(The first part of this post appeared on my Training Wheels blog earlier this week. There’s a sweet little postscript below the original text — with an emphasis on “sweet.”)
A couple days ago Kostyn went into the bathroom and peed in the potty as usual, washed his hands as usual, and then came out and asked for a treat for him and his brother, also as usual. (Not to get into the ins and outs of the whole potty training fiasco at our house, but suffice it to say we haven’t had as much luck with various tactics as we’d imagined we’d have when we started this process A YEAR AGO, so the “bribe with treats” thing is currently in full effect as we try desperately to build some positive momentum with the whole thing while he seems, finally, at least mildly interested.)
Both boys enjoyed their Hershey’s Kiss, as usual, but then they asked for more, which is surprisingly unusual. Of course I shot that request down, saying that there would be no more treats until there was more peeing or pooping in the potty end of story go play.
But instead of running off to the playroom, they both ran back into the bathroom, with Kostyn yelling “Ohhh Kaaaaaaay I’ll go pee!”
Curious, I followed him into the bathroom where Evan lifted the seat and Kostyn pulled down his pants and peed approximately .01 ounce of urine. Seriously, I peed more in my pants when I sneezed while pregnant.
“I peeeeeeed!” he said proudly, pulling up his pants while Evan helpfully flushed the toilet (because this has somehow become a team effort. Frankly I’m happy Evan’s pulling his weight in this whole exercise since he always gets rewarded with a treat, at his brother’s insistence. Then again, only one kid’s peeing and I still have to wash both their hands.) Then we paraded out of the bathroom and Kostyn asked for chocolate again, with Evan echoing “Treeeeeat!” for good measure.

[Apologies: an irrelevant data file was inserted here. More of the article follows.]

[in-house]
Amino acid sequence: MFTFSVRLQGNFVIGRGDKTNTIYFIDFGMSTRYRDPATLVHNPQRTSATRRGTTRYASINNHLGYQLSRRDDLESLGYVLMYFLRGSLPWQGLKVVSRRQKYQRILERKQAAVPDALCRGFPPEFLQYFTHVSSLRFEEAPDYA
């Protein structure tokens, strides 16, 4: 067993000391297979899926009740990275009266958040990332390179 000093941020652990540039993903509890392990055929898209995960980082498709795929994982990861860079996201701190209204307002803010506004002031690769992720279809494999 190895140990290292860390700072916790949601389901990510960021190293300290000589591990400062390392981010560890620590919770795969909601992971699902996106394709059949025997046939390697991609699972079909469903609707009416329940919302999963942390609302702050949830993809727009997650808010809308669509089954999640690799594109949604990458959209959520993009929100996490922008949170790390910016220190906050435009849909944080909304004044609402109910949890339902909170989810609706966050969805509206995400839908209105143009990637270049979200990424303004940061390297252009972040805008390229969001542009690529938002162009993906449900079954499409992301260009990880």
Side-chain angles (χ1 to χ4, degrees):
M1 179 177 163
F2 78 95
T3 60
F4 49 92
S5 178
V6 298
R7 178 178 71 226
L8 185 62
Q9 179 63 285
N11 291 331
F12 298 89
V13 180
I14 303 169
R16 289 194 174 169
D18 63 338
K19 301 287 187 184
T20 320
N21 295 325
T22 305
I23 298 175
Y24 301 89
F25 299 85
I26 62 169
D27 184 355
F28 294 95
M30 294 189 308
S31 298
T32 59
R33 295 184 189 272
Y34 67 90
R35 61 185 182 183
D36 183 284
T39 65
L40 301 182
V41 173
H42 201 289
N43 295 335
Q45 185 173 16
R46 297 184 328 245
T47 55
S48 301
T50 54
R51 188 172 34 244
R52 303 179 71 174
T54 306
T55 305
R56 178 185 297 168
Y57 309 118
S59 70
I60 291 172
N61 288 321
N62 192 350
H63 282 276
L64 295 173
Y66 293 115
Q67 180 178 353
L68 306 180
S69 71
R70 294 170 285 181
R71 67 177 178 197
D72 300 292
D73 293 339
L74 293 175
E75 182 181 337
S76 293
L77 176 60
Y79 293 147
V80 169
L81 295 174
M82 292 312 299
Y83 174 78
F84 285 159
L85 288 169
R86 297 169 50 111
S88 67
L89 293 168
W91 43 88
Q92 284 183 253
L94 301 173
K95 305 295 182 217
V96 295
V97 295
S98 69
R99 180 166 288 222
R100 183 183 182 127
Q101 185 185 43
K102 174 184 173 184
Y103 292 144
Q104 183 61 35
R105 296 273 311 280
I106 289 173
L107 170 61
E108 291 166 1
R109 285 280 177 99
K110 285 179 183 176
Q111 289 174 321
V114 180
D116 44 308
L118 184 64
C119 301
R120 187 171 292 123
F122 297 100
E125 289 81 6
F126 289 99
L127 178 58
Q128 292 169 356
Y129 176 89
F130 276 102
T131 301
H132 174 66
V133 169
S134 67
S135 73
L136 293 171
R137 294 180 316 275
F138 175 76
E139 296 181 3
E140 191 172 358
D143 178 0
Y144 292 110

I was a little perplexed, and a little impressed. He did technically pee in the potty, which was what I had suddenly come to realize was a way-too-vague stipulation for getting a treat. But did I really want to get into the amount of urine necessary to deem the exercise “treat-worthy,” some sort of baseline grid for what actually constitutes “peeing in the potty”? No I did not.
Did I want to discourage him and undermine his progress by removing the one incentive that seems to be working? No I did not.
Did I want to risk losing my shirt in Hershey’s Kisses now that my son seemed to be able to pee on demand? No I did not.
It was one of those tough parenting calls, and I had a split second to make my choice. So I told him I was proud of him for peeing in the potty, and that he was doing so great with it that starting very soon we were going to focus our treats as rewards for pooping on the potty only. I told him he had mastered the peeing part and I was sure he could do that treat-free.
And then I let them have more chocolate.
Fast-forward a couple days to this morning, when both boys decided it would be a good idea to strip naked and run around the house. Before I scooped them up to get dressed I asked if anyone had to pee in the potty, and Evan enthusiastically exclaimed “Peee pottyyyy!!” So we ran into the bathroom and he hopped on the stool and pushed and grimaced and squirmed like he’s seen his brother do a million times, a look of determination on his face. And all the while Kostyn, standing beside the toilet where his little brother has stood so often in the last eight months, served as cheerleader.
“You’re gonna do it!”
“Evan’s gonna be such a big boy!!”
“You’ll get it, it’s OK Evan.”
And then, triumphantly, he did. It wasn’t much, but it was still more than Kostyn’s on-demand peeing episode from a few days back. I think Kostyn was even more excited than Evan. Then they switched spots, washed their hands, got dressed, and ate some well-deserved M&Ms for breakfast.
Life is a learning process. And rewards sure are sweet.